Chapter 6. Wide Area Network Saturation
You have an access point. Your laptop is humming merrily along. While working at home or the office is more flexible than ever, you find yourself wondering what it would take to get a signal across the street, at your favorite coffee shop.
Or maybe you live in an area where you’re on the perpetual “we’ll get back to you” list for broadband services like DSL and cable modems, and you’re ready to make it happen now. With the right equipment, enough participants, and the cooperation of the lay of the land, you can make broadband Internet access a reality in your neck of the woods.
Whatever your motivations, you are looking for a way to extend 802.11b beyond the listed 300-meter limit. This is not only possible and completely legal, it’s also a lot of fun. You first need to figure out what your target coverage area is, and what resources you need to make it happen.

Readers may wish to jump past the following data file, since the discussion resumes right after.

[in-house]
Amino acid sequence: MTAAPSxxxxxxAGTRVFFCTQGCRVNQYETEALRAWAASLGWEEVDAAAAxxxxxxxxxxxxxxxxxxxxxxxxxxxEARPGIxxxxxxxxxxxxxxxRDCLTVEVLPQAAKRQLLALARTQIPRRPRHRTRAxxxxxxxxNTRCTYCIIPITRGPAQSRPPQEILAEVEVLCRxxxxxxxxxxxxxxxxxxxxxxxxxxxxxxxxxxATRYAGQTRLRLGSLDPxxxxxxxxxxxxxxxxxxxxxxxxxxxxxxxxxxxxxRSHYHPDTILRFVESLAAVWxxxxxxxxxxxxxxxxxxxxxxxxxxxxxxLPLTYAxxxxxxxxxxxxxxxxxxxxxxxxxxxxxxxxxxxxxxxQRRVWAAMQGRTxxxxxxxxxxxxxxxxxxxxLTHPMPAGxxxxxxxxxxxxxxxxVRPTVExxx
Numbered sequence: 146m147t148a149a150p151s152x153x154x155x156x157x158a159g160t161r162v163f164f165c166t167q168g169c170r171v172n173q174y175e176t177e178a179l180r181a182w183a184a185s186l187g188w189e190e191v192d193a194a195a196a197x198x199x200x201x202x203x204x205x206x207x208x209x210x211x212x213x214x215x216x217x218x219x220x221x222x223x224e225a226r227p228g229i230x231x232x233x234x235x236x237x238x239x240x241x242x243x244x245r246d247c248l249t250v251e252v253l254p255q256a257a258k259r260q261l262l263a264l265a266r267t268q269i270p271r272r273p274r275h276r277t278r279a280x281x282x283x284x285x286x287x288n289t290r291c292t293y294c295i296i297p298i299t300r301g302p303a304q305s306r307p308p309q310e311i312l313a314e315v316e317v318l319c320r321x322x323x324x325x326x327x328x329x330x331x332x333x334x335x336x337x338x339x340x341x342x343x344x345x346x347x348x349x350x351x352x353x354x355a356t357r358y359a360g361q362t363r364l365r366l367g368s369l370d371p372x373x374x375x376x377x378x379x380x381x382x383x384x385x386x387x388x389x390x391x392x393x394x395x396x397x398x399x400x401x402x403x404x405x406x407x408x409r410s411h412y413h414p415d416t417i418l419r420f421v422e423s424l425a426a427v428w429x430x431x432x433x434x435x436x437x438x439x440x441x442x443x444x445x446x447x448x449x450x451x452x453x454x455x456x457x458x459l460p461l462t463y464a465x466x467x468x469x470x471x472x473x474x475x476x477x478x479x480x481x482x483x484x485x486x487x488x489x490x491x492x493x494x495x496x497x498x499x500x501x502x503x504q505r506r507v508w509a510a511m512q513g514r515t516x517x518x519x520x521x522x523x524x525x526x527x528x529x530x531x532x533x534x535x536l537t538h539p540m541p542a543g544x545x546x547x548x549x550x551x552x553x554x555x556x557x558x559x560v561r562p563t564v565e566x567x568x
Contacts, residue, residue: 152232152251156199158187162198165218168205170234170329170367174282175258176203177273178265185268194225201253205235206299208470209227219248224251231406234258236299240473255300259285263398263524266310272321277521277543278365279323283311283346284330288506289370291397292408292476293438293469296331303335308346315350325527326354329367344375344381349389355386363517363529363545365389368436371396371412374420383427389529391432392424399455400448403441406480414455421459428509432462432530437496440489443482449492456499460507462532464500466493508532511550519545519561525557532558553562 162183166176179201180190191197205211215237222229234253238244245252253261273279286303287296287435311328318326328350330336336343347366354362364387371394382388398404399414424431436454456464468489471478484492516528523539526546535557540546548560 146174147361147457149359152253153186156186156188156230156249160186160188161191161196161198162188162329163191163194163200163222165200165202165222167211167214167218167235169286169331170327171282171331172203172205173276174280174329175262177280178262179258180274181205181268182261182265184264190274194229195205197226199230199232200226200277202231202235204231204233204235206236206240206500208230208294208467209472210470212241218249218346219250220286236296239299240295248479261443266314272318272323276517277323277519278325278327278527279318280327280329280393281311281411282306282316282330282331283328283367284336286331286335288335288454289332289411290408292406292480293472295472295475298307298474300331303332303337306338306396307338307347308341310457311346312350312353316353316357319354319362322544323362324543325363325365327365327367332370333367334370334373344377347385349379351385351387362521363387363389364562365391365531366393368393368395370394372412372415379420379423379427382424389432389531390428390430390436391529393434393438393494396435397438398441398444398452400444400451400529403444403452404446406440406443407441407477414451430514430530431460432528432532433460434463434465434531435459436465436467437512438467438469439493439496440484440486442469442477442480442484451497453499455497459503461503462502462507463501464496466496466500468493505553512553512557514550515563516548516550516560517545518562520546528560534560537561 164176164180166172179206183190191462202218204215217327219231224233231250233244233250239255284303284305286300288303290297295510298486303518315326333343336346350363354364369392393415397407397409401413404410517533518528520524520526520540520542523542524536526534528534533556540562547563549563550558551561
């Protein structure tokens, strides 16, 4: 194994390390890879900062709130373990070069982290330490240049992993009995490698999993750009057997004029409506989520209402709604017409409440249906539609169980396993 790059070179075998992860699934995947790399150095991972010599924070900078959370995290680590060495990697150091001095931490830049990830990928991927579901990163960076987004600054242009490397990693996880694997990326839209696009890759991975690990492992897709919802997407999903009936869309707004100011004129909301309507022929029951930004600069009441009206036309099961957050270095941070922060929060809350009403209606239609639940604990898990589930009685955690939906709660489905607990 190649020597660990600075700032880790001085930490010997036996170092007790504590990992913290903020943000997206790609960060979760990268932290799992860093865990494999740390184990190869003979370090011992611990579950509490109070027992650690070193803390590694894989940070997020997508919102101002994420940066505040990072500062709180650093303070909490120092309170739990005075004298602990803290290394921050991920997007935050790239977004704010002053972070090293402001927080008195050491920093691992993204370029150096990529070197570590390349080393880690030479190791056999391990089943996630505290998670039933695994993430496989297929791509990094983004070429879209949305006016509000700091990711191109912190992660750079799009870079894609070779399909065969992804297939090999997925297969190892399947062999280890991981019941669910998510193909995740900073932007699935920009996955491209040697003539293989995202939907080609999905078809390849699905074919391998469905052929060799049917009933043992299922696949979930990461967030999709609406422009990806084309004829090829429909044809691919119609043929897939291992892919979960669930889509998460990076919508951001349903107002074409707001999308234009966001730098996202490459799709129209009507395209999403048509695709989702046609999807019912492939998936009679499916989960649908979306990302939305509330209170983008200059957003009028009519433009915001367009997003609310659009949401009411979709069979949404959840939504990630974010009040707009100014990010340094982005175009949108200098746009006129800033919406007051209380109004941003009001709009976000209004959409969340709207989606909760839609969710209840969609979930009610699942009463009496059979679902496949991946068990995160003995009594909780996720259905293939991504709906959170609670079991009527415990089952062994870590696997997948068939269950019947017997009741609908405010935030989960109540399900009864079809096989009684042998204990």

While extending your private network an extra block or two (or even several miles, with the proper antennas) may be interesting for you, it does nothing for those around you except generate more noise in the band. Most people will find it prohibitively expensive to rent tower space and set up network access for themselves, for wherever they happen to be in town. This has led to the fascinating phenomenon of the cooperative wireless network.
The single best piece of advice I can give you on your journey to the ultimate network (whether public or private) is to fight the urge to blindly ...